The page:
Tampico Mexico Temple Wiki


The Tampico Mexico Temple is a temple of The Church of Jesus Christ of Latter-day Saints built in Tampico Mexico. Before the Tampico Mexico Temple was built, members living in northeastern Mexico had to travel 500 miles over the Sierra Madre, a foreboding mountain range, to attend the temple in Mexico City.

While Tampico is renowned for its miles of tourist-friendly beaches, French architecture reminiscent of New Orleans and oil-centric economy, in more recent years its economy has been troubled and its streets marred by widespread violence. For faithful patrons who worship in the Tampico Mexico Temple, the Old Testament prophet Isaiah’s words may seem particularly relevant:

“And there shall be a tabernacle for a shadow in the daytime from the heat, and for a place of refuge, and for a covert from storm and from rain.”

Isaiah 4:6


Tampico Church members had longed for a temple closer to home and hoped Rabbit Hill might be home to a temple one day. Despite their remote location and the relatively small number of members in the area, the residents of Tampico had been expecting a temple in their city for over 20 years. At one point time the Church was considering selling the land on which the temple now stands. The local Stake President urged the Church to keep the land, and told local members that someday a temple would be built there.

The Tampico area has seen rapid growth with the number of members in the area going from one stake to four stakes in just twenty-five years. Tampico itself has a population of about 212,000 and is located on the Gulf of Mexico. There are about 18,000 members in the city.



Elder Call presided over the groundbreaking ceremony, which about 930 people attended, on 28 November 1998. During the ceremony Elder Call said, “Having a temple near will open doors to growth, and as we attend we will receive blessings that we can’t even begin to comprehend or understand at this time. Men and women will grow in their strength and power so that Satan will have less power over them.” [1]“News of the Church,” Ensign, Mar. 1999, 75

Open House


On 20 May 2000, after less than two years of construction, the temple was dedicated by President Thomas S. Monson, then a counselor in the First Presidency of the Church. For President Monson, dedicating a temple in Tampico was especially significant because he had been the one to organize Tampico’s first stake, or group of congregations, in 1972. Between the stake’s establishment and the temple’s dedication, Church membership in Tampico and surrounding areas had blossomed into several stakes.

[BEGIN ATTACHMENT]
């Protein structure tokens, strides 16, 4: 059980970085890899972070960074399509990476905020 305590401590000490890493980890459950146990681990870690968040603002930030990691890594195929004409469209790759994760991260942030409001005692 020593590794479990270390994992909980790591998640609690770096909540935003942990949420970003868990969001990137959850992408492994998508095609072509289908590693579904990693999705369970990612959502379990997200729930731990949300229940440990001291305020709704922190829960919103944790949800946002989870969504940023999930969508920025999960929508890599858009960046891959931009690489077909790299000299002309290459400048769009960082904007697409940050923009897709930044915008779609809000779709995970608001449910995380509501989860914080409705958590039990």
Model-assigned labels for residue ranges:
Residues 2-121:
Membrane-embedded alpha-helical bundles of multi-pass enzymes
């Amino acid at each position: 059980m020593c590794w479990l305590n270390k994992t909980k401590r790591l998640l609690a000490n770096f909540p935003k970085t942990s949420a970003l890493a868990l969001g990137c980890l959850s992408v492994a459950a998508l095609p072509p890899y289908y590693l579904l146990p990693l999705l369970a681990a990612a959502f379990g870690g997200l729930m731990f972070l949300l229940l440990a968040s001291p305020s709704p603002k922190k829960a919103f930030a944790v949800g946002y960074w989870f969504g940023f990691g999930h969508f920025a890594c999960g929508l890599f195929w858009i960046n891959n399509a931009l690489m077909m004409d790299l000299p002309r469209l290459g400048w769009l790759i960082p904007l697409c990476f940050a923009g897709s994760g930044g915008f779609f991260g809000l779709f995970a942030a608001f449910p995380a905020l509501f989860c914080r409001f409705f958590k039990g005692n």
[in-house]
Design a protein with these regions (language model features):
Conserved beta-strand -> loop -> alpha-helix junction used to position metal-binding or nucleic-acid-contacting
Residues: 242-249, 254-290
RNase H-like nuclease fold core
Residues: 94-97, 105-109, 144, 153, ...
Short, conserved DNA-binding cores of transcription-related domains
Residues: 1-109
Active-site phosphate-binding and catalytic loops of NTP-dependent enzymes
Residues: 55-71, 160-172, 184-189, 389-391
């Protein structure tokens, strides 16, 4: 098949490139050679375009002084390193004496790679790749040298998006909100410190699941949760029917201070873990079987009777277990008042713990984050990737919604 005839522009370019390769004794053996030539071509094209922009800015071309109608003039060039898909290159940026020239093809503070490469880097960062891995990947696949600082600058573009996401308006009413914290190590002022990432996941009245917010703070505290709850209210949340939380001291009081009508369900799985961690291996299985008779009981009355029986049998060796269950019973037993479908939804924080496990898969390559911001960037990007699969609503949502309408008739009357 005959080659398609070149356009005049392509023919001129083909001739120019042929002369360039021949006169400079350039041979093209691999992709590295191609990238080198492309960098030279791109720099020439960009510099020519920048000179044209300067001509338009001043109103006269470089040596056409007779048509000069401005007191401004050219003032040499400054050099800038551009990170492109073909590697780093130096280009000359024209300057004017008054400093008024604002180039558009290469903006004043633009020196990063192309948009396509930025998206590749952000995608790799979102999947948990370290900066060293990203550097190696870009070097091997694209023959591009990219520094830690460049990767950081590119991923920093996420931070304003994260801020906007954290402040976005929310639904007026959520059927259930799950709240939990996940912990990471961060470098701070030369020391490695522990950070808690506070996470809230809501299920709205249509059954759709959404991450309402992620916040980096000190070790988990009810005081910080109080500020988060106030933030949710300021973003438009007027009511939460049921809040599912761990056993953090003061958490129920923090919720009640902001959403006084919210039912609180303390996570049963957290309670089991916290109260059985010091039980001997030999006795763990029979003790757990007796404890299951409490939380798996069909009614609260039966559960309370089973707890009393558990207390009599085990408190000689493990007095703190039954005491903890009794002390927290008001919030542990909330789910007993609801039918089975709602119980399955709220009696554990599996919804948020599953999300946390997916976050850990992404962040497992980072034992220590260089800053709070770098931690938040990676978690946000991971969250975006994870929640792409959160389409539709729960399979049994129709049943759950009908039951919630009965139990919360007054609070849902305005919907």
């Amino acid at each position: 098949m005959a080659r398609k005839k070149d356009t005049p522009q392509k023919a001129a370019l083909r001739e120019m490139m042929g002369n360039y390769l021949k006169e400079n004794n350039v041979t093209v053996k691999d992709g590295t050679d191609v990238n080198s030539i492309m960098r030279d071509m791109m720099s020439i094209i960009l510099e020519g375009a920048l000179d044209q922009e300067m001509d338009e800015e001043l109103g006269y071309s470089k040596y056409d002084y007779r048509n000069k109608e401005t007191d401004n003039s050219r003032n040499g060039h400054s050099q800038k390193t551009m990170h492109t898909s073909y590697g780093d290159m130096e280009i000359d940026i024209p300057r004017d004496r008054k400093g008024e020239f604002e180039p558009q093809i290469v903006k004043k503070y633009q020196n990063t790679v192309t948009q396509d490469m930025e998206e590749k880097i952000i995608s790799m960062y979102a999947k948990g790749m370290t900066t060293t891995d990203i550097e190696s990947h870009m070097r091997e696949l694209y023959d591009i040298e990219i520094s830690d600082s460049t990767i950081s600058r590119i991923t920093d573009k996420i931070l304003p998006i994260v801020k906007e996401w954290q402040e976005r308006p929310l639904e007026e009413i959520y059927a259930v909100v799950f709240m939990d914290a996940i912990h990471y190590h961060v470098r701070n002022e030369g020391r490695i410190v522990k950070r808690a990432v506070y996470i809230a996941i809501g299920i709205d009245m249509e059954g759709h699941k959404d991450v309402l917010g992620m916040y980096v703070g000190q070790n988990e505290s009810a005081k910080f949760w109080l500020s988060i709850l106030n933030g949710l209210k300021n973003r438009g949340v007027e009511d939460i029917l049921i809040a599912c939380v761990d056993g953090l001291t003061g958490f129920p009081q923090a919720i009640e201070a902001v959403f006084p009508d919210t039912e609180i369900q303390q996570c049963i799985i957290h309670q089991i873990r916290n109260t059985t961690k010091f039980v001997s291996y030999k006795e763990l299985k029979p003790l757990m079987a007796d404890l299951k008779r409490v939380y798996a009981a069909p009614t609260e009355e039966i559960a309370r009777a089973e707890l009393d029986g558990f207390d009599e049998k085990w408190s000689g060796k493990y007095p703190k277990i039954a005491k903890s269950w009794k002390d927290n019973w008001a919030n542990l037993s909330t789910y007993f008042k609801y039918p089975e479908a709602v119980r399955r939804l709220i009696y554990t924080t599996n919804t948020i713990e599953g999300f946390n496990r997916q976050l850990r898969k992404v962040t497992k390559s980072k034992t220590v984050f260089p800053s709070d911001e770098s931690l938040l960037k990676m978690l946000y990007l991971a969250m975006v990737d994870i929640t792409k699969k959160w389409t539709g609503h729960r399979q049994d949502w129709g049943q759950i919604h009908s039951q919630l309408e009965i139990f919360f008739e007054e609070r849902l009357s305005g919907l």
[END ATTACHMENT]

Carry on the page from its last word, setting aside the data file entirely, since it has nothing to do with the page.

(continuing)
In the dedicatory prayer, President Monson petitioned, “May this structure be sacred to all who look upon it that no unrighteous hand may deface it or damage it in any way.” He also said, “Bless this great nation of Mexico, its officers and governors at whatever level, that they may be friendly to Thy people and ensure their peace and security.”[2]Tampico Mexico Temple dedicatory prayer, in Church News, May 27, 2000

He also prayed “that there may emanate from this Thy house a spirit of love and peace, a spirit divine and holy, which will be felt in this great city.” President Monson ended the prayer with a plea for the Saints in the area saying, “Lift the burdens of poverty from the backs of Thy children and prosper them as they serve Thee in righteousness, walking in obedience to Thy commandments.” [3]Tampico Mexico Temple dedicatory prayer, in Church News, May 27, 2000

Dedication Order

The Tampico Mexico Temple is the 83rd temple worldwide and the eighth in Mexico.



Announced in 1998 and dedicated in 2000, the Tampico Mexico Temple was one of dozens of temples built on the cusp of the 21st century. At that time, Church President Gordon B. Hinckley led an effort to simplify temple architectural plans in order to build more of these sacred structures where Latter-day Saints live. Hence, the design of the Tampico Mexico Temple matches that of a number of temples and is familiar to Church members worldwide, though members in Tampico treasure the temple as their own.


Built atop a flourishing slope once known as Cerro de Conejos, or Rabbit Hill, the Tampico Mexico Temple overlooks tidy lawns, flowerbeds and palm trees. The white marble edifice not only serves as a sacred place of worship for members of The Church of Jesus Christ of Latter-day Saints, but it also provides an inspirational beacon of light for Tampico, an industrial city situated near the Gulf of Mexico

The temple and its adjacent Church meetinghouse occupy almost four acres.



The Tampico Mexico Temple is clad in Blanco Guardiano white marble. The surface above each window is decorated with repeating circular designs.


the repeating circles also appear in the windows’ glass.





Spires and Moroni


An elegant spire rises against the humid Gulf Coast sky.


capped with a gold-leafed statue of the angel Moroni, a Book of Mormon prophet,


The Tampico México Temple has a total floor area of 10,700 square feet, two ordinance rooms, and two sealing rooms.


Individuals and Contractors

Sources and Links

Additional Articles


References   [ + ]

1. “News of the Church,” Ensign, Mar. 1999, 75
2, 3. Tampico Mexico Temple dedicatory prayer, in Church News, May 27, 2000

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